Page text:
Khvostov, M. M. “O sotsial’nom kharaktere afinskoi tiranii VI v.” In Sbornik statei v chest’D. A. Korsakova. Kazan, 1913.
Nikol’skaia, R. A. “Rannegrecheskaia tiraniia.” Uch. zap. Belorusskogo gos. un-ta: Ser. ist., 1953, FASC. 16.
Skrzhinskaia, M. V. “Ustnaia traditsiia o Pisistrate.” Vestnik drevnei istorii, 1969, NO. 4.


The Great Soviet Encyclopedia, 3rd Edition (1970-1979). © 2010 The Gale Group, Inc. All rights reserved.


?600--527 bc, tyrant of Athens: he established himself in firm control of the city following his defeat of his aristocratic rivals at Pallene (546)
Collins Discovery Encyclopedia, 1st edition © HarperCollins Publishers 2005
References in periodicals archive ?
And immediately the report spread throughout the demes that Athena was bringing Pisistratus back, and the citizens, believing that the woman was the goddess herself, worshipped the human and welcomed Pisistratus.
Other references to Herodotus are: Aristotle's Constitution of Athens, 14, where he is cited as the source of one of the hypotheses concerning the identity of Phya, the woman accompanying Pisistratus in his dramatic entrance to Athens; Rhetorica 3.16.1409a27, where his writing is presented as an example of the "free-running" style of prose; Rhetorica 3.16.1417a7 (Herodotus, Historiae, 2.30), where Aristotle refers to the historian's style as an example of the form of narration that discredits one's adversaries.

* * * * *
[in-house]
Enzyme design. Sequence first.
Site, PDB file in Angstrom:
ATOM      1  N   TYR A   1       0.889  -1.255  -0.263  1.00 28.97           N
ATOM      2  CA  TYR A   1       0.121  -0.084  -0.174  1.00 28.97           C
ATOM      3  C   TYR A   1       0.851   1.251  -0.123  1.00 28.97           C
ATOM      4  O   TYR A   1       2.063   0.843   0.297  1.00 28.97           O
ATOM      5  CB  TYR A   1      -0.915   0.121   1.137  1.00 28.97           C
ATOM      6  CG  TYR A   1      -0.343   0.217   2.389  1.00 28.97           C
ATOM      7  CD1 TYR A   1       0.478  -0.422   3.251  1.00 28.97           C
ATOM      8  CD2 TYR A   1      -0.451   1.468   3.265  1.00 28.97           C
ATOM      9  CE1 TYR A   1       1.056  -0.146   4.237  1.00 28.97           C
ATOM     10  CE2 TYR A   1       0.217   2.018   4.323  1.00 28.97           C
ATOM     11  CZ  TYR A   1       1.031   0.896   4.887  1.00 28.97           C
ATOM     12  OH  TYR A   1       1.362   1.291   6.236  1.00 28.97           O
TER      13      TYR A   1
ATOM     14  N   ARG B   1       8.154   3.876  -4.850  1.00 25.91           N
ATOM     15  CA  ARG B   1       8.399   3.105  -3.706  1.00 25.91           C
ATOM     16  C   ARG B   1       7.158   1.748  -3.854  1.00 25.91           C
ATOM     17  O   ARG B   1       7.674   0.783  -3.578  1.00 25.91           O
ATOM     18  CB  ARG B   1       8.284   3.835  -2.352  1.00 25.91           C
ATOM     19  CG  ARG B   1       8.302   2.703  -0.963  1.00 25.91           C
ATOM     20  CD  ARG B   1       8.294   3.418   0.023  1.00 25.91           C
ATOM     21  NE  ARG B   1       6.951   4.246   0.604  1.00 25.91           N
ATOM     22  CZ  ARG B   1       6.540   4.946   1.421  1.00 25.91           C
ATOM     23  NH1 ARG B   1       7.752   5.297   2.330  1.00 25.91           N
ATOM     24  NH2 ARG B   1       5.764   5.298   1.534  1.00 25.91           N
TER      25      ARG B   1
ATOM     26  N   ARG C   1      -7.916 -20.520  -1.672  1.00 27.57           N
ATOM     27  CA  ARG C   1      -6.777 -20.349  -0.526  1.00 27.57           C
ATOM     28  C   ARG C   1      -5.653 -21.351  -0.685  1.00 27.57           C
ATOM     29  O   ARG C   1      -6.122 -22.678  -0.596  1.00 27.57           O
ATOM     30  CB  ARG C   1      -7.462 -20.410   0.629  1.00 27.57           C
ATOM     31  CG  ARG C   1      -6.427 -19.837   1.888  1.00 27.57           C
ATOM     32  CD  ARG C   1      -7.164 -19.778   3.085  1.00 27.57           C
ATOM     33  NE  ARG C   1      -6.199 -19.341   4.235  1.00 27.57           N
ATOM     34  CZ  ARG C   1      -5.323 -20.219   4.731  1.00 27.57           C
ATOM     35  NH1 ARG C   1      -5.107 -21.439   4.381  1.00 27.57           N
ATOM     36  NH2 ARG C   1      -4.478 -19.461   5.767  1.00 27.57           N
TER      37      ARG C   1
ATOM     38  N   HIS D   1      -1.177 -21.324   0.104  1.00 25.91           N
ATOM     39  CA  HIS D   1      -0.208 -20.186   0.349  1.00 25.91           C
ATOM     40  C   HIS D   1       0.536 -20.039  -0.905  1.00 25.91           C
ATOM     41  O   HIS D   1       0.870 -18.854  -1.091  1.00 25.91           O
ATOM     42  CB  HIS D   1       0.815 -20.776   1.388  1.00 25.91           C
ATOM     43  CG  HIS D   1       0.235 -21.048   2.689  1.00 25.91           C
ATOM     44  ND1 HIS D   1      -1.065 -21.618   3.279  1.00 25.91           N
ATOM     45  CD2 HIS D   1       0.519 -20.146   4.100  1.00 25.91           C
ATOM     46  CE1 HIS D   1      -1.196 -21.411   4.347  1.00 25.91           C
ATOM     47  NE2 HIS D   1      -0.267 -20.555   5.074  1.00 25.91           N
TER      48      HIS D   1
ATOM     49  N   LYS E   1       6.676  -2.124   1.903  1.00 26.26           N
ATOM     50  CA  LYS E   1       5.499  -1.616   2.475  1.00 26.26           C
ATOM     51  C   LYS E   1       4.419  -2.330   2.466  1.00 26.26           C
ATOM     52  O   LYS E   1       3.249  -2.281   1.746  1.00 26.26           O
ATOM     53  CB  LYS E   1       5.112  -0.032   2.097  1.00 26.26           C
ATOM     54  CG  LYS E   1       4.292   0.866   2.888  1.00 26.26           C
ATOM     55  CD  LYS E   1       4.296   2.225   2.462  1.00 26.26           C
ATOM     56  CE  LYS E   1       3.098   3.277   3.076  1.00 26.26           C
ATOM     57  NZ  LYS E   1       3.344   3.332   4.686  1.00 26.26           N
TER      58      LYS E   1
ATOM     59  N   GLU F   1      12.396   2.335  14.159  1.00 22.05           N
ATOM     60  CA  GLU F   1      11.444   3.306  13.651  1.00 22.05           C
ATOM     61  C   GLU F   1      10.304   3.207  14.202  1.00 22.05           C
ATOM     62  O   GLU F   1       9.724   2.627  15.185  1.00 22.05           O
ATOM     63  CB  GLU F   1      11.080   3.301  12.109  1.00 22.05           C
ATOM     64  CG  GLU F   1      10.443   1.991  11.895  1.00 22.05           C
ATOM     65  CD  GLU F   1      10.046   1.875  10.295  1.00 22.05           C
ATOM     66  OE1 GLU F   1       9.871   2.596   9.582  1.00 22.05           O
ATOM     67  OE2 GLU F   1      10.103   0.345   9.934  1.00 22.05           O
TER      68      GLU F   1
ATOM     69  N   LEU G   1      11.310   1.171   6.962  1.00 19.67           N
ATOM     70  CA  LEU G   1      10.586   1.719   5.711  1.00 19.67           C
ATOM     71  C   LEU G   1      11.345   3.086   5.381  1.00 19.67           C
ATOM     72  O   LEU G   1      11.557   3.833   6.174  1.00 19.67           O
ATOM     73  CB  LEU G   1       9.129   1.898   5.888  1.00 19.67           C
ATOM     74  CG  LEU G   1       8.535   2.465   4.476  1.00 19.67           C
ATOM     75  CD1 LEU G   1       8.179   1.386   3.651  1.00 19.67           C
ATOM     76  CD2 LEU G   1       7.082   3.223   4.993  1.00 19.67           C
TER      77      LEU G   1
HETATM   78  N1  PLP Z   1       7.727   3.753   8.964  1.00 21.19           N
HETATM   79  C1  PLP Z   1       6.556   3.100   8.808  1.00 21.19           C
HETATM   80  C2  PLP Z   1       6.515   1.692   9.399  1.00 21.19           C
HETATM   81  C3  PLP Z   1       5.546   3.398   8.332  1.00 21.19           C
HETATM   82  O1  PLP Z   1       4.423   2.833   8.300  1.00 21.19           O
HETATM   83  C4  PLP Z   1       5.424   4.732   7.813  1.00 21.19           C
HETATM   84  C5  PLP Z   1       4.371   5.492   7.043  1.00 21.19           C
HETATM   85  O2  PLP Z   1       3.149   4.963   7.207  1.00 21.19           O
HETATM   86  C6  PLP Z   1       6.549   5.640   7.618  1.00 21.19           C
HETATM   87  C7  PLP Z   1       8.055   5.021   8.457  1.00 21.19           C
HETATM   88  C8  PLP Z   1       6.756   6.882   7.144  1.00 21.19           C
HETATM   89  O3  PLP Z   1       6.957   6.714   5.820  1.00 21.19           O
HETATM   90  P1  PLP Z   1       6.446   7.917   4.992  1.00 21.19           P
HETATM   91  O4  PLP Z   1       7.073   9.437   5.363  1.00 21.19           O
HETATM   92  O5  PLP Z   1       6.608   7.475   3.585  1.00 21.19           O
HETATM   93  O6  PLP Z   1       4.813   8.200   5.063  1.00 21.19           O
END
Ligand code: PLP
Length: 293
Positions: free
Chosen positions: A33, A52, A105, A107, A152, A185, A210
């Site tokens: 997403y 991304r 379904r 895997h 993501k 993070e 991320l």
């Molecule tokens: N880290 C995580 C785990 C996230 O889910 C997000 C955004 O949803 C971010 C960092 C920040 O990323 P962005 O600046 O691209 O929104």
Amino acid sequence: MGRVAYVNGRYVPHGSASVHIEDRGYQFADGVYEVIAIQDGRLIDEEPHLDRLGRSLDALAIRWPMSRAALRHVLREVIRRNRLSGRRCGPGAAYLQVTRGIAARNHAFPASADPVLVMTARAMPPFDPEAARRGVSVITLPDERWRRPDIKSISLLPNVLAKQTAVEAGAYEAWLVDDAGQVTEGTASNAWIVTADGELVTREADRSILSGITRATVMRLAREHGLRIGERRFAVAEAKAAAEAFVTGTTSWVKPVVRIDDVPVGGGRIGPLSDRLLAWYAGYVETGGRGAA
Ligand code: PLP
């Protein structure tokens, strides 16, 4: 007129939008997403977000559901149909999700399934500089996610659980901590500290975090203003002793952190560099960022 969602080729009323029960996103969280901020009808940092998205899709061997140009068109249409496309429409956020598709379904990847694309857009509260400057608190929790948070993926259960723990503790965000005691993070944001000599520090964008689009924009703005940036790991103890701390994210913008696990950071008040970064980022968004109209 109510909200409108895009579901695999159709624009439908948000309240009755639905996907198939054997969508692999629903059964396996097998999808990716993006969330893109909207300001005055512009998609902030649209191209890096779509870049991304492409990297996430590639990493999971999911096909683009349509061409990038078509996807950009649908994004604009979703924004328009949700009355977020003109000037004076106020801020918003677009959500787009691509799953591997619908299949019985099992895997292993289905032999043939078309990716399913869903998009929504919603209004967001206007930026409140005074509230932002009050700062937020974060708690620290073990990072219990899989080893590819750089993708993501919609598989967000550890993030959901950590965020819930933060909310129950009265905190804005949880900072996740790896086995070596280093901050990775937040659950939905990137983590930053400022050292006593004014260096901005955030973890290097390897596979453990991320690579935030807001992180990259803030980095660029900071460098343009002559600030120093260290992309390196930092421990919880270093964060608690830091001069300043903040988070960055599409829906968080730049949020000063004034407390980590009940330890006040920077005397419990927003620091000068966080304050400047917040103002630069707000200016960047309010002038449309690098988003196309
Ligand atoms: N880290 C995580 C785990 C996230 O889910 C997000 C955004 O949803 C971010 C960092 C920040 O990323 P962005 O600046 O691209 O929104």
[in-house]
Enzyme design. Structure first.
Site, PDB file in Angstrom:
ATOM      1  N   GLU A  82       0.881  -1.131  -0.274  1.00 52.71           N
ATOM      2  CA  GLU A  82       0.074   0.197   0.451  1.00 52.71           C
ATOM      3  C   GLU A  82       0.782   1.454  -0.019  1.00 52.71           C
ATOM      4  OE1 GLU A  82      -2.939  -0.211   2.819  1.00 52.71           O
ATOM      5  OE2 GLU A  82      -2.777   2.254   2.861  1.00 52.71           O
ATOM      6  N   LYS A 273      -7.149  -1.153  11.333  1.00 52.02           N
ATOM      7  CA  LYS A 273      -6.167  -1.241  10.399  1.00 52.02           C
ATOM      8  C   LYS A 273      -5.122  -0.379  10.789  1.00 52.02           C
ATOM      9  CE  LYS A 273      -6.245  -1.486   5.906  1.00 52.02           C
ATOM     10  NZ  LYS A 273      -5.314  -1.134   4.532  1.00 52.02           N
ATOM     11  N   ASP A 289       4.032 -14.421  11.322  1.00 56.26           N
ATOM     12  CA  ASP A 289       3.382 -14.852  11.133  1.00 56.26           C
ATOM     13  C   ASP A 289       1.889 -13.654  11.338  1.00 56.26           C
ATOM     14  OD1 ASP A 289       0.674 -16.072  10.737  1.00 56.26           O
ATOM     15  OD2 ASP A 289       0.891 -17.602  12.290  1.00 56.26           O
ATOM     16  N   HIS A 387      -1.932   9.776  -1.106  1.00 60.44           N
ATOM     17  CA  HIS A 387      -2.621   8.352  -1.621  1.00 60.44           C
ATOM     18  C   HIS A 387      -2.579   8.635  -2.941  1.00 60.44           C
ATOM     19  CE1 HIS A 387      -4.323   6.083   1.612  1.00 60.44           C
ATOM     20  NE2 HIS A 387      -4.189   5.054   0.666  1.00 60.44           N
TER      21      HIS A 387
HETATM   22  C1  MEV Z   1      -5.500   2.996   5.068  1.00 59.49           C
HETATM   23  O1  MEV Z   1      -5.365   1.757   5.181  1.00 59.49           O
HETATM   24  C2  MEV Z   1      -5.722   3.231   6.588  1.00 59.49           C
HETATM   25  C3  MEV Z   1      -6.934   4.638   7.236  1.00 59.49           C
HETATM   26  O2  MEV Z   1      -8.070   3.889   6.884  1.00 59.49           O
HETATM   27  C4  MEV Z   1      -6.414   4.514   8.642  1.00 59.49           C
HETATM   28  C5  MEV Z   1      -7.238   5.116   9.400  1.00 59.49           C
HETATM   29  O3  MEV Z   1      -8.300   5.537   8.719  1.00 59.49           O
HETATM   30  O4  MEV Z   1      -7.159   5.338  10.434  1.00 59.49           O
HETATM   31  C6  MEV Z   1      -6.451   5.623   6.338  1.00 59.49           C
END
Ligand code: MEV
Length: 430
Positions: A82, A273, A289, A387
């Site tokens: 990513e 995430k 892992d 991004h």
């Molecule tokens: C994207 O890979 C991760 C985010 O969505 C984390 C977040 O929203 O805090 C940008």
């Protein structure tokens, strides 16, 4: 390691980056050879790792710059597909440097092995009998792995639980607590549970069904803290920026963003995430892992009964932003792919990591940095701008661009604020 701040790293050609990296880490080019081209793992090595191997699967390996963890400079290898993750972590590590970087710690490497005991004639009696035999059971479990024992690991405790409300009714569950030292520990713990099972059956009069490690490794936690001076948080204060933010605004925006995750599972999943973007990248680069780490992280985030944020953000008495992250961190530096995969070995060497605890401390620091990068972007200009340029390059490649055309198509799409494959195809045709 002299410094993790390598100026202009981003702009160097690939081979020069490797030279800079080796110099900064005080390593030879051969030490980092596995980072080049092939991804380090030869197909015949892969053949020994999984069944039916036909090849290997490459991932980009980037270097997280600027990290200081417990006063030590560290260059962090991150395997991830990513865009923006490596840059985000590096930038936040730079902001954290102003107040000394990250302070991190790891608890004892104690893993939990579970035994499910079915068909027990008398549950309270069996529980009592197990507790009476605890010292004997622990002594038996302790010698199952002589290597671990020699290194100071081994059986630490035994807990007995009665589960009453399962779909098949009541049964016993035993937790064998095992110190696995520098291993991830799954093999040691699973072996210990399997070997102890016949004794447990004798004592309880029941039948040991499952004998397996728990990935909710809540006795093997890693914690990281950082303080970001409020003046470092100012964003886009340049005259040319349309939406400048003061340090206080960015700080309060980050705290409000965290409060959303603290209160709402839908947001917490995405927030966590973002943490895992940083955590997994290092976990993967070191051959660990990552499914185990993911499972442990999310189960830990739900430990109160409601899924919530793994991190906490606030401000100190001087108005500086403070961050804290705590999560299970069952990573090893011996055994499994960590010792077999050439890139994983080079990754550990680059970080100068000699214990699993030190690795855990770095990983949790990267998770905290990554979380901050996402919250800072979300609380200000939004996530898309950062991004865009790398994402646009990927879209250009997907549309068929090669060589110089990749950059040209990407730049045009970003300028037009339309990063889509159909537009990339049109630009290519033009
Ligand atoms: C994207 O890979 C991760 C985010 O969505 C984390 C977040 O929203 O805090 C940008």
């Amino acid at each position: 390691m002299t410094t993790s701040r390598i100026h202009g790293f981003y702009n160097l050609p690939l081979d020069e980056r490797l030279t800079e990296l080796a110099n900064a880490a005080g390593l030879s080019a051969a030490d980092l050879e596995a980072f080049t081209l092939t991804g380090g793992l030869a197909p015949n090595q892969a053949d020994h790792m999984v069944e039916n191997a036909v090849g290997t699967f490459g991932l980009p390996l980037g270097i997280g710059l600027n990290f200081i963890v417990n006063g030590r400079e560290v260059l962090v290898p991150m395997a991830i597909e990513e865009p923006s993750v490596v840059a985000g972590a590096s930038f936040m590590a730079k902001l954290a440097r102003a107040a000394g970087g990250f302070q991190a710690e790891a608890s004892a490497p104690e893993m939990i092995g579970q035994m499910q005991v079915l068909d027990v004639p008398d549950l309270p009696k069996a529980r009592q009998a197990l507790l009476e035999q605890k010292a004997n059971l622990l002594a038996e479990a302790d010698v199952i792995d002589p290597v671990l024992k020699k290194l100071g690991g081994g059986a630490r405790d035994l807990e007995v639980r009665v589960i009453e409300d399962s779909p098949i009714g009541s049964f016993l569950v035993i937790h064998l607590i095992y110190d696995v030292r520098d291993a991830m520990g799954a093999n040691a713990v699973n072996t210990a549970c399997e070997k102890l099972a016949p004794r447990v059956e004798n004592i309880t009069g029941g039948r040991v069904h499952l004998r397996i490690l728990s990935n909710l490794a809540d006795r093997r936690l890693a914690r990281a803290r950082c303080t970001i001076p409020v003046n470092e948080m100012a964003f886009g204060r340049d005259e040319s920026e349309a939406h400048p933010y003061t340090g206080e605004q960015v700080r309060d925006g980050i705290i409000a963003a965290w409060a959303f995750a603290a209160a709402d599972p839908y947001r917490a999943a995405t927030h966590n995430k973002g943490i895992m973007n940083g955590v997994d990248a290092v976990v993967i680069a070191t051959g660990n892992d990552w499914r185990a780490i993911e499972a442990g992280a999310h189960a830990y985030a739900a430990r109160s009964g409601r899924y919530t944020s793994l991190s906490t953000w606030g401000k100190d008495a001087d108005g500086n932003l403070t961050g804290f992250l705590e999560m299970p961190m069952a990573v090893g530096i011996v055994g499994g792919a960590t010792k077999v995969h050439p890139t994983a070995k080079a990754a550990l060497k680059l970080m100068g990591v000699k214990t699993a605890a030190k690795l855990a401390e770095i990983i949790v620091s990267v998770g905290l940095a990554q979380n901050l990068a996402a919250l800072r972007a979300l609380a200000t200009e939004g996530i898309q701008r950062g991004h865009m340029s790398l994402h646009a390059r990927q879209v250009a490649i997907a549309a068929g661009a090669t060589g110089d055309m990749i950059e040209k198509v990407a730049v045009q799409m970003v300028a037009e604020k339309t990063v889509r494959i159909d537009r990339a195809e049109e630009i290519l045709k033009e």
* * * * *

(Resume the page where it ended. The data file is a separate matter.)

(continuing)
Solon's boy lovers included Pisistratus, the future tyrant and Solon's lifelong ally.
(9) At this, the court: Helen, Telemachus, Menelaus and Pisistratus break down in tears.
It's as if the technologies of sound reproduction have reversed the moment of Pisistratus (the tyrant of Athens who, the lore has it, instigated whatever process it was that got Homer written down, transforming the Iliad and Odyssey from variable oral poems (4) into fixed texts).
Had Polyphemus practiced the values of xenia, as evidenced earlier in Telemachus' treatment of the stranger at his doorsill and Menelaus's hospitality toward Telemachus and Pisistratus on their unannounced visit to the Spartan king, he would not have been so forward as to ask these probing questions before making his "guests" welcome.
According to Strauss, Thucydides believes that, since the Athenians purified the same island as Pisistratus did and reestablished an Ionian athletic festival that had existed during Homer's time on the island, humans will consistently react to similar situations in the same way.
Athenian ruler Pisistratus sought to bring the poor peasants and woodcutters of the Attic countryside into the life of the city of Athens.
Other characters, who may or may not be members of the Seven Sages (depending on who is providing the list), include: (8) Anacharsis, (9) Myson, (10) Pherecydes, (11) Epimenides, (12) Pisistratus, and (13) Acusilaus.
Athens, where Epimenides, Pisistratus and Solon discuss the policy of Athens (i.e., England) towards its colony Salamina (i.e., Ireland).
It was here that his father Pisistratus had landed in 546 for his successful bid for the tyranny in Athens.